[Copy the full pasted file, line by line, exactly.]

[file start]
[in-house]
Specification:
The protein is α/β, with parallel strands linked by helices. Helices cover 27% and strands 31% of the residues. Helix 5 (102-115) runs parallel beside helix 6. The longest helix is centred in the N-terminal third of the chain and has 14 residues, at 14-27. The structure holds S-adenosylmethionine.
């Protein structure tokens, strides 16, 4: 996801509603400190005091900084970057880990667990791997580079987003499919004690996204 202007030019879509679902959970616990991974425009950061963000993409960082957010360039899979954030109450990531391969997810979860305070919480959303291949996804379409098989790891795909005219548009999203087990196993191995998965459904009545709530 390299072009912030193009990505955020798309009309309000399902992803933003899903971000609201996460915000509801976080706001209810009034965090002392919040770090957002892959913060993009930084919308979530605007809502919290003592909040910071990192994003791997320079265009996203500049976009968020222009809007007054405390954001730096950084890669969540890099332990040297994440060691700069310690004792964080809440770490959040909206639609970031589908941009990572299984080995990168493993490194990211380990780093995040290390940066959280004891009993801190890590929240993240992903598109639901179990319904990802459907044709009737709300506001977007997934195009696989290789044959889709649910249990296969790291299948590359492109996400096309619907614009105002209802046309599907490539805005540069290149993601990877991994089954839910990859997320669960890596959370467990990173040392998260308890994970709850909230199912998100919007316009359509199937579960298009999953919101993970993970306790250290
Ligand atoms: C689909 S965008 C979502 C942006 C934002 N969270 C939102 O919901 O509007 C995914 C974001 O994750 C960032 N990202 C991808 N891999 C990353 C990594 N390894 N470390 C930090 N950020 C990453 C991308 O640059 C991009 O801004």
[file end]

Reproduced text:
[in-house]
Specification:
The protein is α/β, with parallel strands linked by helices. Helices cover 27% and strands 31% of the residues. Helix 5 (102-115) runs parallel beside helix 6. The longest helix is centred in the N-terminal third of the chain and has 14 residues, at 14-27. The structure holds S-adenosylmethionine.
């Protein structure tokens, strides 16, 4: 996801509603400190005091900084970057880990667990791997580079987003499919004690996204 202007030019879509679902959970616990991974425009950061963000993409960082957010360039899979954030109450990531391969997810979860305070919480959303291949996804379409098989790891795909005219548009999203087990196993191995998965459904009545709530 390299072009912030193009990505955020798309009309309000399902992803933003899903971000609201996460915000509801976080706001209810009034965090002392919040770090957002892959913060993009930084919308979530605007809502919290003592909040910071990192994003791997320079265009996203500049976009968020222009809007007054405390954001730096950084890669969540890099332990040297994440060691700069310690004792964080809440770490959040909206639609970031589908941009990572299984080995990168493993490194990211380990780093995040290390940066959280004891009993801190890590929240993240992903598109639901179990319904990802459907044709009737709300506001977007997934195009696989290789044959889709649910249990296969790291299948590359492109996400096309619907614009105002209802046309599907490539805005540069290149993601990877991994089954839910990859997320669960890596959370467990990173040392998260308890994970709850909230199912998100919007316009359509199937579960298009999953919101993970993970306790250290
Ligand atoms: C689909 S965008 C979502 C942006 C934002 N969270 C939102 O919901 O509007 C995914 C974001 O994750 C960032 N990202 C991808 N891999 C990353 C990594 N390894 N470390 C930090 N950020 C990453 C991308 O640059 C991009 O801004």